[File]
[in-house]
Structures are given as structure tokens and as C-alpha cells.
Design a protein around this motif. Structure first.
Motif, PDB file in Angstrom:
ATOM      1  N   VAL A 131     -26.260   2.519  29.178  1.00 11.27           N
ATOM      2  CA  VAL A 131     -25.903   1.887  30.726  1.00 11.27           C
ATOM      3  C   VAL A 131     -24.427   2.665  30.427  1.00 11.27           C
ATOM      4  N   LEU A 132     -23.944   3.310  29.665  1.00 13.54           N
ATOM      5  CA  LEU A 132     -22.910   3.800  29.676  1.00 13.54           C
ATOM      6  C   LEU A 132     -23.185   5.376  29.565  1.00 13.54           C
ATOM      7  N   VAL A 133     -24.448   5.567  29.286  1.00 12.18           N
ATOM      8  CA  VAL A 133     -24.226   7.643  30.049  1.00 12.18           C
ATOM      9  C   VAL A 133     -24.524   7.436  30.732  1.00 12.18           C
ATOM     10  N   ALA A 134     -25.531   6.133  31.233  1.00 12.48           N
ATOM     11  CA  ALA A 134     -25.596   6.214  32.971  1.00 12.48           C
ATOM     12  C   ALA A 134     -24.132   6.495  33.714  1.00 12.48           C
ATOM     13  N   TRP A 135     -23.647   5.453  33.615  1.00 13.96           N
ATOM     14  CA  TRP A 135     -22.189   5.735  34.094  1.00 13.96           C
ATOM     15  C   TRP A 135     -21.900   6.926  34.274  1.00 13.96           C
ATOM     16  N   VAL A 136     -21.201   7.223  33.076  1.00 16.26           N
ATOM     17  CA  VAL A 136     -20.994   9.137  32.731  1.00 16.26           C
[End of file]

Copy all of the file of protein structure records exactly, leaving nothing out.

[in-house]
Structures are given as structure tokens and as C-alpha cells.
Design a protein around this motif. Structure first.
Motif, PDB file in Angstrom:
ATOM      1  N   VAL A 131     -26.260   2.519  29.178  1.00 11.27           N
ATOM      2  CA  VAL A 131     -25.903   1.887  30.726  1.00 11.27           C
ATOM      3  C   VAL A 131     -24.427   2.665  30.427  1.00 11.27           C
ATOM      4  N   LEU A 132     -23.944   3.310  29.665  1.00 13.54           N
ATOM      5  CA  LEU A 132     -22.910   3.800  29.676  1.00 13.54           C
ATOM      6  C   LEU A 132     -23.185   5.376  29.565  1.00 13.54           C
ATOM      7  N   VAL A 133     -24.448   5.567  29.286  1.00 12.18           N
ATOM      8  CA  VAL A 133     -24.226   7.643  30.049  1.00 12.18           C
ATOM      9  C   VAL A 133     -24.524   7.436  30.732  1.00 12.18           C
ATOM     10  N   ALA A 134     -25.531   6.133  31.233  1.00 12.48           N
ATOM     11  CA  ALA A 134     -25.596   6.214  32.971  1.00 12.48           C
ATOM     12  C   ALA A 134     -24.132   6.495  33.714  1.00 12.48           C
ATOM     13  N   TRP A 135     -23.647   5.453  33.615  1.00 13.96           N
ATOM     14  CA  TRP A 135     -22.189   5.735  34.094  1.00 13.96           C
ATOM     15  C   TRP A 135     -21.900   6.926  34.274  1.00 13.96           C
ATOM     16  N   VAL A 136     -21.201   7.223  33.076  1.00 16.26           N
ATOM     17  CA  VAL A 136     -20.994   9.137  32.731  1.00 16.26           C